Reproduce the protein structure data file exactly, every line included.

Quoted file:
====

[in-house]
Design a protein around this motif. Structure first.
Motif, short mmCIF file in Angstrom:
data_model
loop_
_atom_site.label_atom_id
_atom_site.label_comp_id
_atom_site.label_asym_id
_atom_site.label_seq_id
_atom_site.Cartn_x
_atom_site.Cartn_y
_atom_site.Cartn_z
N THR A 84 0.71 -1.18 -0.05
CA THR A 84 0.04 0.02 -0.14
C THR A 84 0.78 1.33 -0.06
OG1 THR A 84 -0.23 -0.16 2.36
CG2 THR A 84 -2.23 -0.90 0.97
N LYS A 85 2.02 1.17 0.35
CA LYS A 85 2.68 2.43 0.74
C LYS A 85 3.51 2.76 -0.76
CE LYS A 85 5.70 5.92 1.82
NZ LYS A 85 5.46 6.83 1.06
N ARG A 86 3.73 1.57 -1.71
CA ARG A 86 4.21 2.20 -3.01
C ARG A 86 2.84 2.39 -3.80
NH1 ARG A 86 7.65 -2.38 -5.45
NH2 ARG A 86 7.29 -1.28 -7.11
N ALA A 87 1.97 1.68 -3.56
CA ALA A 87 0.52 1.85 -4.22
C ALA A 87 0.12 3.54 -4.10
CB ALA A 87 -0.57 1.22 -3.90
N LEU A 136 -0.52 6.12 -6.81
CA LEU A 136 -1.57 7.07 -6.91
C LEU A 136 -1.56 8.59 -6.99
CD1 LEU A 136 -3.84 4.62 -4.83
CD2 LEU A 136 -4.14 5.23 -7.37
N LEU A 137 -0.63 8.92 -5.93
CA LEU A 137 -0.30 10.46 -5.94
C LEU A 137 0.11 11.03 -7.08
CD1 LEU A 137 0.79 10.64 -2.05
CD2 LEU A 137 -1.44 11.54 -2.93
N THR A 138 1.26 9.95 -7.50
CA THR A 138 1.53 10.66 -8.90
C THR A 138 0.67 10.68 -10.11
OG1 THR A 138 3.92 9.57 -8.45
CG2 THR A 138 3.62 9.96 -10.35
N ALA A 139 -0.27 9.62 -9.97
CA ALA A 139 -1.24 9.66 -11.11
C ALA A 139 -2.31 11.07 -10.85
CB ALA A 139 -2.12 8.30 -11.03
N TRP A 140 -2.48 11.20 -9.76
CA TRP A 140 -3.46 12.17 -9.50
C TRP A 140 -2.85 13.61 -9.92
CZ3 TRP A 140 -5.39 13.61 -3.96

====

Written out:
[in-house]
Design a protein around this motif. Structure first.
Motif, short mmCIF file in Angstrom:
data_model
loop_
_atom_site.label_atom_id
_atom_site.label_comp_id
_atom_site.label_asym_id
_atom_site.label_seq_id
_atom_site.Cartn_x
_atom_site.Cartn_y
_atom_site.Cartn_z
N THR A 84 0.71 -1.18 -0.05
CA THR A 84 0.04 0.02 -0.14
C THR A 84 0.78 1.33 -0.06
OG1 THR A 84 -0.23 -0.16 2.36
CG2 THR A 84 -2.23 -0.90 0.97
N LYS A 85 2.02 1.17 0.35
CA LYS A 85 2.68 2.43 0.74
C LYS A 85 3.51 2.76 -0.76
CE LYS A 85 5.70 5.92 1.82
NZ LYS A 85 5.46 6.83 1.06
N ARG A 86 3.73 1.57 -1.71
CA ARG A 86 4.21 2.20 -3.01
C ARG A 86 2.84 2.39 -3.80
NH1 ARG A 86 7.65 -2.38 -5.45
NH2 ARG A 86 7.29 -1.28 -7.11
N ALA A 87 1.97 1.68 -3.56
CA ALA A 87 0.52 1.85 -4.22
C ALA A 87 0.12 3.54 -4.10
CB ALA A 87 -0.57 1.22 -3.90
N LEU A 136 -0.52 6.12 -6.81
CA LEU A 136 -1.57 7.07 -6.91
C LEU A 136 -1.56 8.59 -6.99
CD1 LEU A 136 -3.84 4.62 -4.83
CD2 LEU A 136 -4.14 5.23 -7.37
N LEU A 137 -0.63 8.92 -5.93
CA LEU A 137 -0.30 10.46 -5.94
C LEU A 137 0.11 11.03 -7.08
CD1 LEU A 137 0.79 10.64 -2.05
CD2 LEU A 137 -1.44 11.54 -2.93
N THR A 138 1.26 9.95 -7.50
CA THR A 138 1.53 10.66 -8.90
C THR A 138 0.67 10.68 -10.11
OG1 THR A 138 3.92 9.57 -8.45
CG2 THR A 138 3.62 9.96 -10.35
N ALA A 139 -0.27 9.62 -9.97
CA ALA A 139 -1.24 9.66 -11.11
C ALA A 139 -2.31 11.07 -10.85
CB ALA A 139 -2.12 8.30 -11.03
N TRP A 140 -2.48 11.20 -9.76
CA TRP A 140 -3.46 12.17 -9.50
C TRP A 140 -2.85 13.61 -9.92
CZ3 TRP A 140 -5.39 13.61 -3.96